The North Hero native has helped produce the annual Waking Windows music festival in Winooski and worked for many years with Merge Records in Durham, N.C. Now operating his own promotion and management company, Sipsman, Caulo is keenly aware of how difficult touring is for the indie bands he manages. Yet he worries that the narrative has become "The poor bands are being ripped off by greedy promoters."
"I don't want to see this thing where the blame game goes around from artists to venues, like an ouroboros eating its own tail," he said. "Ticketmaster and all that shit aside, a lot of these venues are just trying to support music and stay alive themselves."
Robin Johnson, owner and operator of the Stone Church in Brattleboro, outlined some of the challenges facing music venues, particularly independent clubs that are free from Ticketmaster's equally evil alter ego, Live Nation. Venues such as his face long odds when it comes to making a profit on shows, between rising costs for concessions, post-pandemic staffing difficulties, bot and scammer accounts printing fake tickets, huge increases in liability insurance rates, and people who buy tickets but don't show up.
"The level of no-shows are still staggering," Johnson said. He estimated that 10 to 15 percent of people who buy tickets to a show don't attend, "which is pretty devastating on our concession sales, as well as the overall feel of having a full club."
Johnson sees speculative ticket fees as one of the biggest enemies of live music. Often tacked on to the price of concert tickets as "delivery" or "facility" fees, these are usually payouts back to promoters. They've become such a problem that President Joe Biden addressed them during his State of the Union speech in February, calling on Ticketmaster to "stop service fees on tickets to concerts and sporting events and make companies disclose all the fees up front."
Johnson pointed out that fans often blame venues for ticket fees. But clubs such as his get only $1 kickback from those fees, and they need it to pay staff. As the New England chapter president of the National Independent Venue Association, Johnson is part of a push for a bill in Congress that would ban both speculative ticket fees and scammers' websites that masquerade as a venue's ticketing site.
"We're a venue that wants to support the artist," Johnson said. "We do have merch cuts on our offer sheets to bands, but we never end up charging them. We haven't taken a cut of a band's merchandise since before the pandemic, and that was only when we had to provide an employee to sell the merch."
The Stone Church is a rarity among mid-level and bigger clubs in that regard. Many venues have begun demanding a cut of any merchandise sales that musicians make while playing a show.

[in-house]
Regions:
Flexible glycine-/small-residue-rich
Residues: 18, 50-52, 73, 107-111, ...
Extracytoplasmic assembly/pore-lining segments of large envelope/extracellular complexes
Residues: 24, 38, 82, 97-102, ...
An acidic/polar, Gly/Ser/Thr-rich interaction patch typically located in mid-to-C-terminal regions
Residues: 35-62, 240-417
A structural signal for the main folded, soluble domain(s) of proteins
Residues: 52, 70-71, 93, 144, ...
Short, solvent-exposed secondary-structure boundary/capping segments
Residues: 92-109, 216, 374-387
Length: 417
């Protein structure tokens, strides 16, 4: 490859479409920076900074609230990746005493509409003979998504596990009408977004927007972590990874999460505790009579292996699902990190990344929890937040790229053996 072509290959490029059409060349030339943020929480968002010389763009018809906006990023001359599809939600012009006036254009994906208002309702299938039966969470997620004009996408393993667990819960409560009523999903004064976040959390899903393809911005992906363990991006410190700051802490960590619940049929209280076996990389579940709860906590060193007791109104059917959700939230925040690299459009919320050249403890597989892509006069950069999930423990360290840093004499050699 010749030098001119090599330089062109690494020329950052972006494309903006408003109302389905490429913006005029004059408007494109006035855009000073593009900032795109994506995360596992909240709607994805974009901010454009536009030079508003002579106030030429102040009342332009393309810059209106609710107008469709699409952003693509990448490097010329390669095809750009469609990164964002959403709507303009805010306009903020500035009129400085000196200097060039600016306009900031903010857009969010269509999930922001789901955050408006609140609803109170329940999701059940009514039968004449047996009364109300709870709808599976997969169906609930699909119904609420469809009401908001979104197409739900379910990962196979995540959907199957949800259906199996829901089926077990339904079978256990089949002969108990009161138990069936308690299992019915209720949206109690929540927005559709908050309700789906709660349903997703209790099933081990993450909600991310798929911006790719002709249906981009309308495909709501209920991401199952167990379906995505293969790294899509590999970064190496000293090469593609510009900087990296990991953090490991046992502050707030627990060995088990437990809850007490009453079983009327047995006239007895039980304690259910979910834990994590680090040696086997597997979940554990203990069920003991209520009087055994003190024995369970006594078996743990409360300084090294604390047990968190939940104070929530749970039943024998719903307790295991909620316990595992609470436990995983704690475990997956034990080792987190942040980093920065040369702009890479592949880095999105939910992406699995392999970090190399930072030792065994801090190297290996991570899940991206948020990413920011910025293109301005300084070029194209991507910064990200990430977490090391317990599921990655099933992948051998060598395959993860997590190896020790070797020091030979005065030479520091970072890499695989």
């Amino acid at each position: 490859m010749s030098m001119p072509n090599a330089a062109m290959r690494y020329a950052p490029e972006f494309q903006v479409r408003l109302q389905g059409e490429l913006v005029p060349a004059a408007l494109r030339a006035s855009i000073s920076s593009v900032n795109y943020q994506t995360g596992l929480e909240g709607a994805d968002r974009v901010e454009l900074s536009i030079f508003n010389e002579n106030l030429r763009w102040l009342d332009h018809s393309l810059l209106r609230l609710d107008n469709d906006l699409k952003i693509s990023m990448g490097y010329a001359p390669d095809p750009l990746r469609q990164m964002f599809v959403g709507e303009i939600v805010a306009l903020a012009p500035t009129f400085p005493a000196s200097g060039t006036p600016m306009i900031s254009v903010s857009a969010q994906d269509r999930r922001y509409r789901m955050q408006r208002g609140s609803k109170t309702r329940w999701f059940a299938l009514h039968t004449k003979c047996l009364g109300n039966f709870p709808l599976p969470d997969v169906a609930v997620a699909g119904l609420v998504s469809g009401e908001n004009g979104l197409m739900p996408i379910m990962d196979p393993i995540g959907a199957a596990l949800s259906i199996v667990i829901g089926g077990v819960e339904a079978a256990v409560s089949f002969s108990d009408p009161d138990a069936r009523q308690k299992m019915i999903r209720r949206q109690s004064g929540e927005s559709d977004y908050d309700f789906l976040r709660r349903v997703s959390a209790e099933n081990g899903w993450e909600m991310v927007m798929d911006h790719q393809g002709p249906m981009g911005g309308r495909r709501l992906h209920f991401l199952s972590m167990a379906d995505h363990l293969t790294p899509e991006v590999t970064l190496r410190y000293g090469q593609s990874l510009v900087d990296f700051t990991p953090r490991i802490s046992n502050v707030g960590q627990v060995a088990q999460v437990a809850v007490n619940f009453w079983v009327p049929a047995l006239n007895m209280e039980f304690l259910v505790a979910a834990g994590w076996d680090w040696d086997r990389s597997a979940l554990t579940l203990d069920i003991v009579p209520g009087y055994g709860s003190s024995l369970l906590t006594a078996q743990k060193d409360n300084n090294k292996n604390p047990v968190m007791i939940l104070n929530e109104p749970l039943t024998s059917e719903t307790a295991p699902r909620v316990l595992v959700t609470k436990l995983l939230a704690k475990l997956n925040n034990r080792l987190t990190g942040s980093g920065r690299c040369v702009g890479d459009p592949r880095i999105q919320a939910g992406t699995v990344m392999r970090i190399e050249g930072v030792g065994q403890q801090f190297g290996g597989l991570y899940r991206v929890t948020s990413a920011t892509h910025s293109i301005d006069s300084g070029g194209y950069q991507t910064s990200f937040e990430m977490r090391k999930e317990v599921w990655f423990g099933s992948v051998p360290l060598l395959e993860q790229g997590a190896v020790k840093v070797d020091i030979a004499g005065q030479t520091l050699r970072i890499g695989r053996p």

Musicians have widely condemned the practice. But, especially at clubs owned by giant corporations such as AEG and Live Nation, merch cuts have become the norm.
"We try to play places that don't take merch cuts," Lowery said. "But if Live Nation is involved, they can just pop up and say, 'Yeah, that's our table.'"
Band on the Run
- Luke Awtry
- Adam Weiner of Low Cut Connie
With such tight margins for success and survival, it can seem nearly impossible for independent bands to tour, requiring as much psychological hardiness as it does talent.
"When you find out how the sausage gets made, it's a dirty business," said Adam Weiner, front person for Low Cut Connie. His band has appeared on Barack Obama's Spotify playlists, is beloved by Elton John and has created a cult following over a decade of hard touring.
"I don't have any illusions about what this thing is, man," Weiner said by phone from the road. "I know it's fucked — it's more difficult and corrupt out there for musicians than it's ever been, at least since I started."
But Weiner feels he's made touring work by investing in "myself and my own abilities, rather than use my limited resources trying to hire and gain my way into a higher strata."
"Look, everyone wants easy advice, but there isn't any," he said. "It takes a lot of elbow grease and a lot of belief. But my advice to young bands out there is to invest in our own talent. Write the best songs, put on the best shows you can, inspire people and make this fucking thing your religion. Over time, you will find a path."
At age 24, Parker admitted that there have been multiple times touring with Pons when he has contemplated quitting the music business.
"You're going to have some soul-crushing nights out there — it's just statistics," Parker said. "But what keeps me going is that, hey, I'm getting to travel around and play music instead of cleaning houses in New York. I feel pretty good about the big picture, and if you use that mindset and you have a sense of adventure, you'll be OK."